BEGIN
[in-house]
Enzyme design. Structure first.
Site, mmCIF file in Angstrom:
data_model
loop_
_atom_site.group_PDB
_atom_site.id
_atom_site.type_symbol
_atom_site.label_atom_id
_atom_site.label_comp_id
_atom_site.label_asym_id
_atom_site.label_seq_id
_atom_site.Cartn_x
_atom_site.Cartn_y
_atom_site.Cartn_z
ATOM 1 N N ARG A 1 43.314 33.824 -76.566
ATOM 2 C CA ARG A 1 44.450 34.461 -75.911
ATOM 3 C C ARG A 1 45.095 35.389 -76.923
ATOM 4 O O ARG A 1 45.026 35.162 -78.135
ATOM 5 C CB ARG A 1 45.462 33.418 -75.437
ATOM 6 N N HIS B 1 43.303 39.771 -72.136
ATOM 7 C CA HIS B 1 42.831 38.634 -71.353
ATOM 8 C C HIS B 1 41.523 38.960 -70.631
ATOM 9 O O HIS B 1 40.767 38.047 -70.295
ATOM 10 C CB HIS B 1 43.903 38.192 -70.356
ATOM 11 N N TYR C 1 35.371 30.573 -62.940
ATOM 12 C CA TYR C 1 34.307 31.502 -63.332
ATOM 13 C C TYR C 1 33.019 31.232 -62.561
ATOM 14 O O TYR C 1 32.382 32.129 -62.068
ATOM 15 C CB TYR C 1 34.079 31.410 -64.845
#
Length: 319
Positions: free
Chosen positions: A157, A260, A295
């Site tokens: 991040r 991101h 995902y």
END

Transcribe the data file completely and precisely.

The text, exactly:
[in-house]
Enzyme design. Structure first.
Site, mmCIF file in Angstrom:
data_model
loop_
_atom_site.group_PDB
_atom_site.id
_atom_site.type_symbol
_atom_site.label_atom_id
_atom_site.label_comp_id
_atom_site.label_asym_id
_atom_site.label_seq_id
_atom_site.Cartn_x
_atom_site.Cartn_y
_atom_site.Cartn_z
ATOM 1 N N ARG A 1 43.314 33.824 -76.566
ATOM 2 C CA ARG A 1 44.450 34.461 -75.911
ATOM 3 C C ARG A 1 45.095 35.389 -76.923
ATOM 4 O O ARG A 1 45.026 35.162 -78.135
ATOM 5 C CB ARG A 1 45.462 33.418 -75.437
ATOM 6 N N HIS B 1 43.303 39.771 -72.136
ATOM 7 C CA HIS B 1 42.831 38.634 -71.353
ATOM 8 C C HIS B 1 41.523 38.960 -70.631
ATOM 9 O O HIS B 1 40.767 38.047 -70.295
ATOM 10 C CB HIS B 1 43.903 38.192 -70.356
ATOM 11 N N TYR C 1 35.371 30.573 -62.940
ATOM 12 C CA TYR C 1 34.307 31.502 -63.332
ATOM 13 C C TYR C 1 33.019 31.232 -62.561
ATOM 14 O O TYR C 1 32.382 32.129 -62.068
ATOM 15 C CB TYR C 1 34.079 31.410 -64.845
#
Length: 319
Positions: free
Chosen positions: A157, A260, A295
């Site tokens: 991040r 991101h 995902y």